Cursed Places

There are several different curses that folklore claims upon the city of Spokane, Washington. This city is said to have at least two different "Indian curses" and at least one "Gypsy curse", plus many, many hauntings. There is also a tale that I found about a sort of blessing on this city, in which the river rapids that were once the terror of the Natives would become the source of great wealth for the White Settlers. The town is both rich and poor. It is a place of creativity and of … [Read more...]

Cycles of Cultural Destruction

As I drove my mom's car South from her home towards my son's winery, I enjoyed the beauty of Eastern Washington while my mom read articles to me from the collection I'd recently added to Pocket. I didn't expect her to be interested in the Pagan articles, but she surprised me by reading Echoes of an Older God, a post about Arthur as a Pagan deity. As she read that post and we drove through miles of wide open American land, my thoughts wandered off to the problem of colonialism, empire builders, … [Read more...]

Beauty In Other People’s Faith

Quilts rest on the backs of pews at Peace Lutheran Church in Colfax, Washington, USA, before a special service to bless them and send them out to people in need.

I sat in the back of Peace Lutheran Church this past Sunday, a guest along with my mother in a religious space that is not our own. I was there to support my mom. She was there as part of a special blessing over quilts that she had helped make.Quilts the community had made before were sent to refugees of the conflict in Syria and to evacuees from Hurricane Sandy, and each time the community sent another batch out into the world, they made sure to say a special blessing over the quilts and … [Read more...]

Oiche na Sprideanna Approaches

Traditional_Irish_halloween_Jack-o'-lantern

As we approach the Irish festival of Samhain, I want to share some little known lore. Then on the eve of samain (November 1) precisely Mongfind dies.  So this is The Death of Mongfind the Banshee.  Hence samain is called by the rabble Féile Moingfhinne  "Mongfhionn's feast", for she was a witch and had magical power while she was in the flesh; wherefore women and the rabble make petitions to her on samain-eve. Stokes, Whitley (1903). Revue Celtique 24: 179 A prominent hill called Cnoc Samhna  … [Read more...]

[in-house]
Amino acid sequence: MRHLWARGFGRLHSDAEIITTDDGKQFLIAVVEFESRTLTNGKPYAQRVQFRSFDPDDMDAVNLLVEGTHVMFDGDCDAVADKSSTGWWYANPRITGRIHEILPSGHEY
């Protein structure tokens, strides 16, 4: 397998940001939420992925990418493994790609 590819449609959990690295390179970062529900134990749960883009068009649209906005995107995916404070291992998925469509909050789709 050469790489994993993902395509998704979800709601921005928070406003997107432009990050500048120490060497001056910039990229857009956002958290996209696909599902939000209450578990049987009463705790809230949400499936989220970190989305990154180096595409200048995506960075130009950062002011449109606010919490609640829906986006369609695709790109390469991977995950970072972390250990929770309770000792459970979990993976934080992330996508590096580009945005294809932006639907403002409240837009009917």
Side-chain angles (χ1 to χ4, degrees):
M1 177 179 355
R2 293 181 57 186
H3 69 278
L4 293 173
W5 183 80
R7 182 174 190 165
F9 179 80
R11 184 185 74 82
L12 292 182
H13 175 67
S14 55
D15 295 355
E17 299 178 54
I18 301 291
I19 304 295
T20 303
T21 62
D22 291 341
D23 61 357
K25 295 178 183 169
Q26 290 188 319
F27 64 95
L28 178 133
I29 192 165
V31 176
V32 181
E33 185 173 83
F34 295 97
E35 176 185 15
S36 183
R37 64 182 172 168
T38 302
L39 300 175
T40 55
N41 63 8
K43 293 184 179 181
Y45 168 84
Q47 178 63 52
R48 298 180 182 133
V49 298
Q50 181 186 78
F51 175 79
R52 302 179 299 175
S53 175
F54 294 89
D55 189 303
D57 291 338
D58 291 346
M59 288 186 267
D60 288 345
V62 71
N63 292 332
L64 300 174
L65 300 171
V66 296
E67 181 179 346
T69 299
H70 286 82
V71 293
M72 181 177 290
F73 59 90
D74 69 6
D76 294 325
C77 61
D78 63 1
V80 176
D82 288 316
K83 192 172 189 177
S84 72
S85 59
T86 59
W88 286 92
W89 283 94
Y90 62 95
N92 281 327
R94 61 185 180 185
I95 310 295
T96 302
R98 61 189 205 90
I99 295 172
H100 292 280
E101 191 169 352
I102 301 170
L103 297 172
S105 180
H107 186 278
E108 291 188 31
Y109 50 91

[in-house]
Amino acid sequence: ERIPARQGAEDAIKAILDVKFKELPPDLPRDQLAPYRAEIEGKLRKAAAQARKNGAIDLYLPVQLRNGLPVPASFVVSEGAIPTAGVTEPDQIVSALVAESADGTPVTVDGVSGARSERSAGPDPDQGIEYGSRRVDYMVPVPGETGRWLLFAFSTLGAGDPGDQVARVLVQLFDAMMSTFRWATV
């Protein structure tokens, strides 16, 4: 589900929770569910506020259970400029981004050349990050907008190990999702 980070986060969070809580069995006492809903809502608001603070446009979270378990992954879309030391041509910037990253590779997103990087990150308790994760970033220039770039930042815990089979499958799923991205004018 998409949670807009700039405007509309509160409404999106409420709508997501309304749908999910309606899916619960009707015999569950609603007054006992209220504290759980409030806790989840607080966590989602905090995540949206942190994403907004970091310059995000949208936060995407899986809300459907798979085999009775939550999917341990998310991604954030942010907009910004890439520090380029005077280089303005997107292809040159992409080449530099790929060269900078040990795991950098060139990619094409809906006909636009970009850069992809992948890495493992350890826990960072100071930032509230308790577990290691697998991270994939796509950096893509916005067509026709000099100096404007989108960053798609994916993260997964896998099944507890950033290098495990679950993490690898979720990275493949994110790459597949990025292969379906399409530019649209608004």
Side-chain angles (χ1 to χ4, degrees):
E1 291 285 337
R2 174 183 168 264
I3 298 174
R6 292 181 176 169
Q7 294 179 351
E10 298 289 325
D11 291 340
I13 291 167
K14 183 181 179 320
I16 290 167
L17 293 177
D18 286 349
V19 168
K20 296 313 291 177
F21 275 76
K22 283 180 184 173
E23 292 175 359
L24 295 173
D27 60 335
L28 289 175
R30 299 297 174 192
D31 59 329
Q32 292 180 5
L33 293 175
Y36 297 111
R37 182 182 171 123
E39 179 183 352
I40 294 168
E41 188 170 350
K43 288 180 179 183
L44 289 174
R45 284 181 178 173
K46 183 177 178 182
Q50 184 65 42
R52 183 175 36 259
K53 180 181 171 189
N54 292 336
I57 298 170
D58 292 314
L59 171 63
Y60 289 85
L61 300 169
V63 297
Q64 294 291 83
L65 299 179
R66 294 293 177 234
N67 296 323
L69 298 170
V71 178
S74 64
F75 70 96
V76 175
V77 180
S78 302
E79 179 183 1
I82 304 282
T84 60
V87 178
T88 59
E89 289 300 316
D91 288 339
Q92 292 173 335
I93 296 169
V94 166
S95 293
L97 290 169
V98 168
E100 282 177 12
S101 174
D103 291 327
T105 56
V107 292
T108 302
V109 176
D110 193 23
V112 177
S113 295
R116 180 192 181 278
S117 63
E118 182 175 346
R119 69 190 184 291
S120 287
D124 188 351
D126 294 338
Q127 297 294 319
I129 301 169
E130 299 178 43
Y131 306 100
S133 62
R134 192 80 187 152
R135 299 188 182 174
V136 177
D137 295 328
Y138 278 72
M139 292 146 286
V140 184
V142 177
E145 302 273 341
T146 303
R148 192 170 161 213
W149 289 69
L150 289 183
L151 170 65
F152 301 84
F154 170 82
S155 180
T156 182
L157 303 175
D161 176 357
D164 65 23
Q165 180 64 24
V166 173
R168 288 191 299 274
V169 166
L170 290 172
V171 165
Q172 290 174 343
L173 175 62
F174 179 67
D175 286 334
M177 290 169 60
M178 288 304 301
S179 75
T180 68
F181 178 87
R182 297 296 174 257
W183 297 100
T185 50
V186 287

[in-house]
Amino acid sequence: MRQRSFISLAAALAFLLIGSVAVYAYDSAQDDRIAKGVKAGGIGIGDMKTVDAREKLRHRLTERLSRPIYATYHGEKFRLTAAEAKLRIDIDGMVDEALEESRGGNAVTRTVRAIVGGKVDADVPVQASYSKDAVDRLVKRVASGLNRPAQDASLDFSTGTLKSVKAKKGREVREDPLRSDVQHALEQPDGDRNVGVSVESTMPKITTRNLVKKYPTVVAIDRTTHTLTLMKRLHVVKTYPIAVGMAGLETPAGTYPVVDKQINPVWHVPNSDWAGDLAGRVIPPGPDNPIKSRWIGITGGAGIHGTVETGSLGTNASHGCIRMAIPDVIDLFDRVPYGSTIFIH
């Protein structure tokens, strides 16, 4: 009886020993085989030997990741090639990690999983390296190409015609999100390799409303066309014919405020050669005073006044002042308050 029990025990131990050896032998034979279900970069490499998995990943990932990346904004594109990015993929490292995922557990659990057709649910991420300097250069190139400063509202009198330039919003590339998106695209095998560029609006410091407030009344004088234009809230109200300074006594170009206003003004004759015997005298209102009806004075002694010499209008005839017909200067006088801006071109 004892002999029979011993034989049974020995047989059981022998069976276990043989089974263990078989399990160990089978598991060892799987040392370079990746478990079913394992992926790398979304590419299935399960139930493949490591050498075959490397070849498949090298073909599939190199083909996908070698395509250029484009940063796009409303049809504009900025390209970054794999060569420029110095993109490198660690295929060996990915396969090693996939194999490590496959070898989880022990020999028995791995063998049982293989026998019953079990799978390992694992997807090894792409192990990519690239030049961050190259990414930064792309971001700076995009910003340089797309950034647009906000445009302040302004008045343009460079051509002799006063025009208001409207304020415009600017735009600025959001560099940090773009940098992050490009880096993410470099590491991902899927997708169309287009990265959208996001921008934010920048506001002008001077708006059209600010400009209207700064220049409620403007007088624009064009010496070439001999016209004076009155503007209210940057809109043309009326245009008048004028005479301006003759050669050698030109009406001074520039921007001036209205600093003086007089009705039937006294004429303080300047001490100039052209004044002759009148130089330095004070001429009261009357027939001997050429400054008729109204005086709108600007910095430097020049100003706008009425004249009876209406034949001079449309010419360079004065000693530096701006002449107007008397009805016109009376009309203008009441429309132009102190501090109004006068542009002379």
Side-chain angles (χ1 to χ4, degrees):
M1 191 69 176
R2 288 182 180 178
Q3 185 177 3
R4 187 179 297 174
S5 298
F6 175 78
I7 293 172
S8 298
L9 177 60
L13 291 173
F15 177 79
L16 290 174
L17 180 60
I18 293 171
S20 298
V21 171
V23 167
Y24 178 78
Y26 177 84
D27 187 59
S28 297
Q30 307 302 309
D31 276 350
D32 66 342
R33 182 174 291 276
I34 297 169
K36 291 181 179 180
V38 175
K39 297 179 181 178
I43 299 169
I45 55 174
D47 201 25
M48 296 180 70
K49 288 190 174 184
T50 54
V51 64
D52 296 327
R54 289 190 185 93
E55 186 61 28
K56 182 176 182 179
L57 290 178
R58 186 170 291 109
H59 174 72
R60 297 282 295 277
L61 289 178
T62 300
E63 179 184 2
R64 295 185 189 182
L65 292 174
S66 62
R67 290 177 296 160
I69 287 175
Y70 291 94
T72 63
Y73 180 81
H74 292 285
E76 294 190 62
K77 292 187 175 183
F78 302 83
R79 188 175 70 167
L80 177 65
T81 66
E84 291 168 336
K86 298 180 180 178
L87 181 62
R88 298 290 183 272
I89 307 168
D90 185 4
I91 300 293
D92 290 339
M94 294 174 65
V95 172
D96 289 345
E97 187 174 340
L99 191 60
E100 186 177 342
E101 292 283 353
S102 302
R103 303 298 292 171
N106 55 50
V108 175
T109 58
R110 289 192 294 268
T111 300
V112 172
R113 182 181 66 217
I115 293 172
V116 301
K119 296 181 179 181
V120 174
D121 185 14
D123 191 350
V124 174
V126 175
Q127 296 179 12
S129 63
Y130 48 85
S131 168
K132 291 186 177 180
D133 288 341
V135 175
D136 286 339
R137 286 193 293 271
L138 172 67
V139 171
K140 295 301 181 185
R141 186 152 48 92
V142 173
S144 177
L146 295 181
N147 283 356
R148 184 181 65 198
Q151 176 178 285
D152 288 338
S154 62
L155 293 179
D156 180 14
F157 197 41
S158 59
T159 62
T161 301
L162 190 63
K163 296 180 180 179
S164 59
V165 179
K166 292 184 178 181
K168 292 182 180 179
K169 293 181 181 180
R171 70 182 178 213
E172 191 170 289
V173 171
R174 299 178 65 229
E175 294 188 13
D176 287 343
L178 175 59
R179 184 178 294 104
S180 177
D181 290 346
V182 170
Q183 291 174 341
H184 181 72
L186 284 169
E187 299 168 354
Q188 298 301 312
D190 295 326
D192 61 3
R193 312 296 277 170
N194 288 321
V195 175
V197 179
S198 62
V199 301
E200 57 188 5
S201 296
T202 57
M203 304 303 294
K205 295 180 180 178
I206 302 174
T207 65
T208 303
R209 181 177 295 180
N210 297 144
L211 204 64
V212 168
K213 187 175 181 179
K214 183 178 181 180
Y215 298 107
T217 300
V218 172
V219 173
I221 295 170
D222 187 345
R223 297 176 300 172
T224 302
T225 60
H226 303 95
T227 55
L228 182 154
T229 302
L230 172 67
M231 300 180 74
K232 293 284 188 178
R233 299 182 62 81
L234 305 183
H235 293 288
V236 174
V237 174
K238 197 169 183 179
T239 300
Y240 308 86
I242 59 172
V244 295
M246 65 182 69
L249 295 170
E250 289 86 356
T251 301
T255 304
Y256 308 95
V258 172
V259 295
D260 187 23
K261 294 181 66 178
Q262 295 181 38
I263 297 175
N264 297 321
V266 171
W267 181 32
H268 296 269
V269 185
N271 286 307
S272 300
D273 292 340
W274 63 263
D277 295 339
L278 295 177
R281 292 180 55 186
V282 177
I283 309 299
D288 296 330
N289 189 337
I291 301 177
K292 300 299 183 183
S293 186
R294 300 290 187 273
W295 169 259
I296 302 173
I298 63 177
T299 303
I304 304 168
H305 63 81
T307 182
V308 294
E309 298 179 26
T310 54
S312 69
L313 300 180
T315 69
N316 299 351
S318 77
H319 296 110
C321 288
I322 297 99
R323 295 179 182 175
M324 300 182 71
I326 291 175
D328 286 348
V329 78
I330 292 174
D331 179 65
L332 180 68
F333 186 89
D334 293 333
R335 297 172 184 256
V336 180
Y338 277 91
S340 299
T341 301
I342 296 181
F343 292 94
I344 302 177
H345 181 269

The Place Where I’m Not Weird

Sea Creatures.  Art in Beacon Hill Light Rail Station, Seattle, Washington

Once again I find myself on the West Coast of the United States for a short while. There is something about the cultural space from about San Francisco northward and into lower British Columbia that makes me feel "normal". This is the geographic region where, for the most part, I can be completely me without worrying that I'm saying or doing something culturally inappropriate. My tone of voice is understood within various contexts. My tendency to say nice things to people -- including total … [Read more...]

Getting clear about my place: the uses of withdrawal

The view to the east from our house.

Recently I read a blog post by Michael Taft at HuffPost, called Take Your Body With You. In it, he talks about the importance of his physicality and sexuality to his spiritual path, and how he believes his commitment to celibacy and giving up all the bodily pleasures he enjoyed so much as a younger man in an effort to reach his spiritual goals was deeply wrong-headed.As a Pagan, I agree wholeheartedly about the sacredness of the body, of sex and of pleasure, and of the vital importance of … [Read more...]

Naturalizing: Bringing Our Practice Home

mid_druids

My years in Ireland were like graduate school.  They challenged my thoughts on spirituality, witchcraft, and culture.  While living outside my culture of origin, I chose to drop my identifiers and preconceived ideas.  I sought to experience my culture of residence with fresh eyes and an insider perspective.  Irish mythology and folklore have shaped much of our understanding, and practice of paganism.  The very names used for significant seasonal celebrations are influenced by Irish language and c … [Read more...]


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